The Slow-Cooked Sentence

Bilocation or returning home

Rachael Conlin Levy
Familiar hills surround Silver Springs, Nevada.
  1. The supposed phenomenon of being in two places simultaneously.
I’m thinking about home, about going home to the desert where a small trailer sits anchored in the sand and bleached by the sun. The wind has blasted off paint, exposing metal that twinkles dully like a dime on the sidewalk. I pick up the dime, rub away the dust and look for the year. It is 1980.

I place my hand on a splintered railing and climb a set of steps that lead to the trailer’s front door. I’m careful to avoid the nails protruding from the old planks held together by hammer and story. This is where my sister tumbled down and deadened her front teeth. And this crack between step and trailer was where the coyote-clawed cat hid, died and wasn’t found for a month.

I step inside, onto vinyl flooring whose brick pattern is patchy and in some places worn clean away by years of sand ground into it. Like those trails that cut through grass and ignore sidewalk, a serpentine path is etched into the floor beginning at the front door and winding its way between kitchen table and stove before veering left and disappearing down the hall. Here more stories lurk. Stories held in the books lined up on hall shelves, and stories held in my mind.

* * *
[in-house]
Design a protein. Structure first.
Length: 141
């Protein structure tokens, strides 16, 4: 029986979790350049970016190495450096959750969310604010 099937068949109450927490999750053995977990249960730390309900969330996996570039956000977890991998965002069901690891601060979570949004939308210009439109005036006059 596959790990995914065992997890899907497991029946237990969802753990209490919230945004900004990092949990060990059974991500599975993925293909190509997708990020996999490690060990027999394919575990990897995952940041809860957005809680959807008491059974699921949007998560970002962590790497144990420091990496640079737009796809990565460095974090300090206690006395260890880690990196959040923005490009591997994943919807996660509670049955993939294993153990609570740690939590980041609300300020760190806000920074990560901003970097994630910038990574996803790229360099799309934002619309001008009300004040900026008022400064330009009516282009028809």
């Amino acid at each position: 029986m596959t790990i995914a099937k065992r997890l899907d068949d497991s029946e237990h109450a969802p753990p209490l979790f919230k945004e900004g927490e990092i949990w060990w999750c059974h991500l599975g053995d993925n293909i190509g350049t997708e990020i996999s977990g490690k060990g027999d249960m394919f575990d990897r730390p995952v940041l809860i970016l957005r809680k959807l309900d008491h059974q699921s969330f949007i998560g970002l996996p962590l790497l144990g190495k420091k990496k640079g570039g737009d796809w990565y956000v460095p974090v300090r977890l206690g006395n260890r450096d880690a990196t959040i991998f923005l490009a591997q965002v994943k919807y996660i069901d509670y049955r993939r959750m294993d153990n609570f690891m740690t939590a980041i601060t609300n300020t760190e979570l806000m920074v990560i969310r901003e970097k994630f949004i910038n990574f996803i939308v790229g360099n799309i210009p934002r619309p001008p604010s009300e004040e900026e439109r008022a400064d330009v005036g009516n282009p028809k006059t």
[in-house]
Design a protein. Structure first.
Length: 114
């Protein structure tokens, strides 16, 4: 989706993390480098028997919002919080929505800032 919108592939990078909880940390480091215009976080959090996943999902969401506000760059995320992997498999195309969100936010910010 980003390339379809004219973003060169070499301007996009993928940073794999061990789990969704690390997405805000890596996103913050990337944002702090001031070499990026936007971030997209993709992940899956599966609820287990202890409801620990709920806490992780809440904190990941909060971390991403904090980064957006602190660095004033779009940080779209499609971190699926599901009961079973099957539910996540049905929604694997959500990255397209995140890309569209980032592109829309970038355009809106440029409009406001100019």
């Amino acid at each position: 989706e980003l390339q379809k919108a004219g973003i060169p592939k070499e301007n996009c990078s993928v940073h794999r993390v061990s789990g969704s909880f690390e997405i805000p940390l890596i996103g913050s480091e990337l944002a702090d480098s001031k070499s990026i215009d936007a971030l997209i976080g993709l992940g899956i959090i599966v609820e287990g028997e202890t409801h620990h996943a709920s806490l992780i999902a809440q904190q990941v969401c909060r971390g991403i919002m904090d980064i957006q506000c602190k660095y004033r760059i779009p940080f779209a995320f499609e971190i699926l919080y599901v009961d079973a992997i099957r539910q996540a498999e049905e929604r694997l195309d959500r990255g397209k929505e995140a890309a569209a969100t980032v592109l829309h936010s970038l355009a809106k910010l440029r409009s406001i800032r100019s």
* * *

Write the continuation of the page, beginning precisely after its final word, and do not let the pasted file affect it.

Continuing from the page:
But I don’t walk down the hall. Instead, I sit at the oval kitchen table that also shows signs of wear. The wood veneer is yellowed and faded where plates are set daily. Within arms reach of the table is the counter and drawers, which open stubbornly and if yanked too hard will tumble out and send forks, spoons and knives clattering to the floor. At this table, I’d meet my mom for late night cups of cocoa and towers of buttered toast. I’d wake and wander into the kitchen, perch on a chair with knees drawn up to my chest and my flannel nightgown tented around me. As I’d dunk toast, we’d talk. Then with a stomach full and warm, I’d wander back to bed. I don’t sleep, but lay looking out the window at the stars and the dusty line of the Milky Way. A meteor burns across the darkness.

In her mother’s house.

Seven hundred miles and thirty years away, my own daughter and I are sharing hot chocolate and  nighttime conversation as we drive home from a meeting. It is a moment of bilocation between mother and daughter, everything at once familiar and foreign, like when I return to the desert. The trailer is still cemented in sand, but the insides are gutted, table and floor have been replaced, dark walls are painted light. I am a different mother and she a different daughter than what my own mother and I shared, but still we’re here, together, wrapped in the night. She leans her head against the car window. Outside, a star gleams dull as a dime then falls from the sky.

3 responses to “Bilocation or returning home”

  1. Linda says:

    I look forward to your visit, Rachael. I will have toast and hot cocoa waiting for you.

  2. Andrea says:

    So lovely…I can see and feel that kitchen, the desert.

  3. You're coming home soon! I'm so excited!

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